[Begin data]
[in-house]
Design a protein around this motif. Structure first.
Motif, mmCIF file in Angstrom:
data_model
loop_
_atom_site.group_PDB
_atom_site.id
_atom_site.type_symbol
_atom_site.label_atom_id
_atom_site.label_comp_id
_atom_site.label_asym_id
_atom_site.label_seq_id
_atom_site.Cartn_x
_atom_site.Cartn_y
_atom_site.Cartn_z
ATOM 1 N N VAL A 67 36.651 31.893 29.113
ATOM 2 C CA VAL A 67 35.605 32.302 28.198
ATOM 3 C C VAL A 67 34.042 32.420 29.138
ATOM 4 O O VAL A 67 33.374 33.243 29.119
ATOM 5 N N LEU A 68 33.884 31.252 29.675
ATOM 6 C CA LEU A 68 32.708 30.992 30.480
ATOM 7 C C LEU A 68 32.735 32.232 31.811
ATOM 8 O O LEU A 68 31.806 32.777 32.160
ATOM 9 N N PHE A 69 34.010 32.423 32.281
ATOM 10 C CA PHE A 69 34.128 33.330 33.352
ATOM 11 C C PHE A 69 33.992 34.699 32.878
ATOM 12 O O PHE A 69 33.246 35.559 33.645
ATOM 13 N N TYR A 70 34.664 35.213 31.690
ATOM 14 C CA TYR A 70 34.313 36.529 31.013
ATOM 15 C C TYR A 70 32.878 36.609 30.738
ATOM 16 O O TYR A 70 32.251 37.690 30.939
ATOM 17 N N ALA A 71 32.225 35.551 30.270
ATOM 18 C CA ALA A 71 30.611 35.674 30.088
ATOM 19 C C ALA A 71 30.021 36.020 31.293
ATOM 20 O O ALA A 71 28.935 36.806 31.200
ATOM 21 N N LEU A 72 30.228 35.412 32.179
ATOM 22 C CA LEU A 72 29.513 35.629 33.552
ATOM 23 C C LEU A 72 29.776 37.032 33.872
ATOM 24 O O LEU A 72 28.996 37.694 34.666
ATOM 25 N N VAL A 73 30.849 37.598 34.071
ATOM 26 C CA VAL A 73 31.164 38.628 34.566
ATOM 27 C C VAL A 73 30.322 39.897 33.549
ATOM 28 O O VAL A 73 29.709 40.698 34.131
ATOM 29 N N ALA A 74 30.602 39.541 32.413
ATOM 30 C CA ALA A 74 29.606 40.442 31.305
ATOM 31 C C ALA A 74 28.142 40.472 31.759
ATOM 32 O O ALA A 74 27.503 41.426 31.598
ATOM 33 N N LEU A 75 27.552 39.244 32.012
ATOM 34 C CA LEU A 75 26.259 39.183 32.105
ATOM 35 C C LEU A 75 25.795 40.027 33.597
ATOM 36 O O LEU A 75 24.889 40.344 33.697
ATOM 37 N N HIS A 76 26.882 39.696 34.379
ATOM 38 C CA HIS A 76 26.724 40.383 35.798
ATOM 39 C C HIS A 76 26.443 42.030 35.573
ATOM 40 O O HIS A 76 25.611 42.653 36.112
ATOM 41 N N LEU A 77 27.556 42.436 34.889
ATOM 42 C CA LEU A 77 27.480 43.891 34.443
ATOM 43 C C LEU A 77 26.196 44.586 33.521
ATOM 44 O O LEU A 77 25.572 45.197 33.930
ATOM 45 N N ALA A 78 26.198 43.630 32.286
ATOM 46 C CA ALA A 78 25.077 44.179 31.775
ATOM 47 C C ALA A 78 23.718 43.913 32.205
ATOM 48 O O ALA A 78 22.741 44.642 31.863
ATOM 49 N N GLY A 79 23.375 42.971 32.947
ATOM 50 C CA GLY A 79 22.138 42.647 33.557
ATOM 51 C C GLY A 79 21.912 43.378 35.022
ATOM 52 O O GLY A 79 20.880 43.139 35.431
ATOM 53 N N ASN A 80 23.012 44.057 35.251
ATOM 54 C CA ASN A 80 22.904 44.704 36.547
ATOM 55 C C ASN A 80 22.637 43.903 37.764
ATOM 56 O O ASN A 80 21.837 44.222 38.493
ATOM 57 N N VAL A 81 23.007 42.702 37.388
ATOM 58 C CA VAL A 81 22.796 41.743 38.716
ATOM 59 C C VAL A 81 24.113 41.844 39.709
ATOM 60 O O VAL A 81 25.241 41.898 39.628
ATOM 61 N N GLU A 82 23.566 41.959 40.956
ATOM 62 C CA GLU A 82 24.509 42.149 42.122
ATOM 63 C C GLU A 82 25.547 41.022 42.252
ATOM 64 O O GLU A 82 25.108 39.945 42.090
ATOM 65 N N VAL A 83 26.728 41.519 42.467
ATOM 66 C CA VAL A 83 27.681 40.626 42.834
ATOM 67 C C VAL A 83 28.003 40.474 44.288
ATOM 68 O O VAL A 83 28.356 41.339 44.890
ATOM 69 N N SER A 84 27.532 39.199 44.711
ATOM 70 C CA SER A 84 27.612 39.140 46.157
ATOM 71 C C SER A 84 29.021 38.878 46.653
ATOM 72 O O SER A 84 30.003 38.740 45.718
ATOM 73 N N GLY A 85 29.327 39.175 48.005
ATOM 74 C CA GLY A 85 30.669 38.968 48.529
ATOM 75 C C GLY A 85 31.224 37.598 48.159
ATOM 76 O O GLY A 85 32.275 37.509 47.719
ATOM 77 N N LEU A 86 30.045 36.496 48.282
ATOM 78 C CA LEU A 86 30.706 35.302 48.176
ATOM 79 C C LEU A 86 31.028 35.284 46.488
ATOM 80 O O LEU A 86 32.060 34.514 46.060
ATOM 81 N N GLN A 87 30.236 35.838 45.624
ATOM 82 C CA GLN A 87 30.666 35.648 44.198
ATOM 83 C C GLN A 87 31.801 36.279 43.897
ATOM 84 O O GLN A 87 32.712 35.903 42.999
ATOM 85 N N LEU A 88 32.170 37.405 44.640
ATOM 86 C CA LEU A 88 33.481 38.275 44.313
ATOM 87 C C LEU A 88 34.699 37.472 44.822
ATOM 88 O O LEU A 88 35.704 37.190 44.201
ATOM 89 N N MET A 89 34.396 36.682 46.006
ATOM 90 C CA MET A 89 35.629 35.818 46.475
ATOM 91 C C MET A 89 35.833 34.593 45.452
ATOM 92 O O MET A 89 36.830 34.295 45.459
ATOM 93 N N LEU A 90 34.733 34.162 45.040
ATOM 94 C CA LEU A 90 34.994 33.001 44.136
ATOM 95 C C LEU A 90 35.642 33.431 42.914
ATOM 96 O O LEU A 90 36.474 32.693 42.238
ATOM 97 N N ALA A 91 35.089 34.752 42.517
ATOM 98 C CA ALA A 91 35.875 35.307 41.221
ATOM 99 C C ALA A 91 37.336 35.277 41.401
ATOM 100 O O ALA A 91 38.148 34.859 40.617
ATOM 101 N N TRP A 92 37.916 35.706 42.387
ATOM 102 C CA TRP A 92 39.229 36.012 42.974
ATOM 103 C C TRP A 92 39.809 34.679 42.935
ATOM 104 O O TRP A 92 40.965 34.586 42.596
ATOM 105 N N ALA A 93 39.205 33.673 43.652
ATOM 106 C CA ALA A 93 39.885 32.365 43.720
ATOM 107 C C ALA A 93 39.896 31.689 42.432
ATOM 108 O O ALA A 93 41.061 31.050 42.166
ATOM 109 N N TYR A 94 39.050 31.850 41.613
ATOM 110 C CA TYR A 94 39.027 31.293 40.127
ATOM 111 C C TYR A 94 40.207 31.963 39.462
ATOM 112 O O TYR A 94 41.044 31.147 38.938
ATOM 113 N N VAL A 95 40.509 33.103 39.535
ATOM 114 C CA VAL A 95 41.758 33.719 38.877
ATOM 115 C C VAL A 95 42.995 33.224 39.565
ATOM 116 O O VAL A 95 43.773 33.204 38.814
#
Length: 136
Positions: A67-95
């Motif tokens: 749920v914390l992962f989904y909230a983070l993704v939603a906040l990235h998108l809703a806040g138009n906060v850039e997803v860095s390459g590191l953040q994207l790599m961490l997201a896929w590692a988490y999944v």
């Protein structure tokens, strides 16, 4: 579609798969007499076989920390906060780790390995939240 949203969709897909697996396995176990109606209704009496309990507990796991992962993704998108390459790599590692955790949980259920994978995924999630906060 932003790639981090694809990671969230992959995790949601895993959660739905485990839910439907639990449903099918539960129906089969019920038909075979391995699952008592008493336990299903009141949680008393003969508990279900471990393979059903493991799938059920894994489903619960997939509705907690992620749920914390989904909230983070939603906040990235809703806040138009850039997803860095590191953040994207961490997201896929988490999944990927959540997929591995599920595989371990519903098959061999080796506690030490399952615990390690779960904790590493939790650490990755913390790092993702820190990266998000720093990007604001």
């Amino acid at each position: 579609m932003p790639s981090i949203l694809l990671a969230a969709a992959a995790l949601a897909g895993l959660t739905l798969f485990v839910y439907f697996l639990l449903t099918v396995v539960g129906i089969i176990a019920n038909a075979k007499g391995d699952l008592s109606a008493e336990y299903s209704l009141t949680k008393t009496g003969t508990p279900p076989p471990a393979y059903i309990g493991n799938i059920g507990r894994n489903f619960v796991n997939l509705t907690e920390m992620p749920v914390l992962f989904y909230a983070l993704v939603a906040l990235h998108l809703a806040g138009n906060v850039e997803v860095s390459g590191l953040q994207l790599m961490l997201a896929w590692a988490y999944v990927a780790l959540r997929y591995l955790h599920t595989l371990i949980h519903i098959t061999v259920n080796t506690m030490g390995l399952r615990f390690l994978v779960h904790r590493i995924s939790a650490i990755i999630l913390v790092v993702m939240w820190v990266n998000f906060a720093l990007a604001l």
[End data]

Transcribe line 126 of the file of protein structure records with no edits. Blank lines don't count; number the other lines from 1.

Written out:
ATOM 111 C C TYR A 94 40.207 31.963 39.462